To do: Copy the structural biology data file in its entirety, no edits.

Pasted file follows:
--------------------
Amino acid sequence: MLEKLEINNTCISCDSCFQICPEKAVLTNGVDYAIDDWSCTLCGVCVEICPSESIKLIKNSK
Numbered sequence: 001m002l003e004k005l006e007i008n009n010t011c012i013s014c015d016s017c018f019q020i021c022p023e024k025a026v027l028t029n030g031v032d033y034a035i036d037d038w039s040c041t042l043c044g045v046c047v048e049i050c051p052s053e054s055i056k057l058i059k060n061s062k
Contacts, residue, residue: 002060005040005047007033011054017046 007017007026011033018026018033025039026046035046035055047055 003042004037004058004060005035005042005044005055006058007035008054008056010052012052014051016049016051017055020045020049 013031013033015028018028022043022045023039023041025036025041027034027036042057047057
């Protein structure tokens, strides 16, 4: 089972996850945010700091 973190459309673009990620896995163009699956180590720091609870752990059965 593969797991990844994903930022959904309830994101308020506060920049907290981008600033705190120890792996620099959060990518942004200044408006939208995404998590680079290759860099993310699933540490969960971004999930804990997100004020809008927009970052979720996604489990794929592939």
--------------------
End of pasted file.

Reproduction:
Amino acid sequence: MLEKLEINNTCISCDSCFQICPEKAVLTNGVDYAIDDWSCTLCGVCVEICPSESIKLIKNSK
Numbered sequence: 001m002l003e004k005l006e007i008n009n010t011c012i013s014c015d016s017c018f019q020i021c022p023e024k025a026v027l028t029n030g031v032d033y034a035i036d037d038w039s040c041t042l043c044g045v046c047v048e049i050c051p052s053e054s055i056k057l058i059k060n061s062k
Contacts, residue, residue: 002060005040005047007033011054017046 007017007026011033018026018033025039026046035046035055047055 003042004037004058004060005035005042005044005055006058007035008054008056010052012052014051016049016051017055020045020049 013031013033015028018028022043022045023039023041025036025041027034027036042057047057
């Protein structure tokens, strides 16, 4: 089972996850945010700091 973190459309673009990620896995163009699956180590720091609870752990059965 593969797991990844994903930022959904309830994101308020506060920049907290981008600033705190120890792996620099959060990518942004200044408006939208995404998590680079290759860099993310699933540490969960971004999930804990997100004020809008927009970052979720996604489990794929592939």